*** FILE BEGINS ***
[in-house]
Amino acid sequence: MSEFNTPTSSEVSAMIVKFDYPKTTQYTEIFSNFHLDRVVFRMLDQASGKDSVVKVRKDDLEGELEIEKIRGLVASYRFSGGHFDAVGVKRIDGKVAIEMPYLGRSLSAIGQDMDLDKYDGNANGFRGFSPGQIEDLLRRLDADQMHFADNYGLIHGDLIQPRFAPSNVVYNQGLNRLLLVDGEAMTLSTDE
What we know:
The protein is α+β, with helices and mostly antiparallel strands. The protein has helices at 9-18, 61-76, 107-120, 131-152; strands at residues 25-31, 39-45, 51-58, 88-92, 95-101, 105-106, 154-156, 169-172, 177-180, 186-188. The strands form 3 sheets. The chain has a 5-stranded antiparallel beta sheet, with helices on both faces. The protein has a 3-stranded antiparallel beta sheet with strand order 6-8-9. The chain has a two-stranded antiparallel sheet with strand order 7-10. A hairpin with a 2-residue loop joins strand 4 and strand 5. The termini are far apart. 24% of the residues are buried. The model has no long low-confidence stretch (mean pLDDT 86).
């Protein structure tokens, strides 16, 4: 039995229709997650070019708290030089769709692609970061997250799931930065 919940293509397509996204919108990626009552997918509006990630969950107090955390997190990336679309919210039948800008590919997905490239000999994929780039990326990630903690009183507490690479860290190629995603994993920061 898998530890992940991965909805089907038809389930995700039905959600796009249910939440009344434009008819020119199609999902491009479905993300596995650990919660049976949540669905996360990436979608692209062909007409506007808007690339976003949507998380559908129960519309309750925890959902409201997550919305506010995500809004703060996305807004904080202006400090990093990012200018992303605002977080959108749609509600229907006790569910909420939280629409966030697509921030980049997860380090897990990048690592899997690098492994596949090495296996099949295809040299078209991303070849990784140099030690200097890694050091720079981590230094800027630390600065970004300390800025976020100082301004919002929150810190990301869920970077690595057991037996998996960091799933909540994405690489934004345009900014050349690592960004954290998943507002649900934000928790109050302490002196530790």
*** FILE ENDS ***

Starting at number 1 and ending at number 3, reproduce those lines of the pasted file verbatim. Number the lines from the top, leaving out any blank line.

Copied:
[in-house]
Amino acid sequence: MSEFNTPTSSEVSAMIVKFDYPKTTQYTEIFSNFHLDRVVFRMLDQASGKDSVVKVRKDDLEGELEIEKIRGLVASYRFSGGHFDAVGVKRIDGKVAIEMPYLGRSLSAIGQDMDLDKYDGNANGFRGFSPGQIEDLLRRLDADQMHFADNYGLIHGDLIQPRFAPSNVVYNQGLNRLLLVDGEAMTLSTDE
What we know: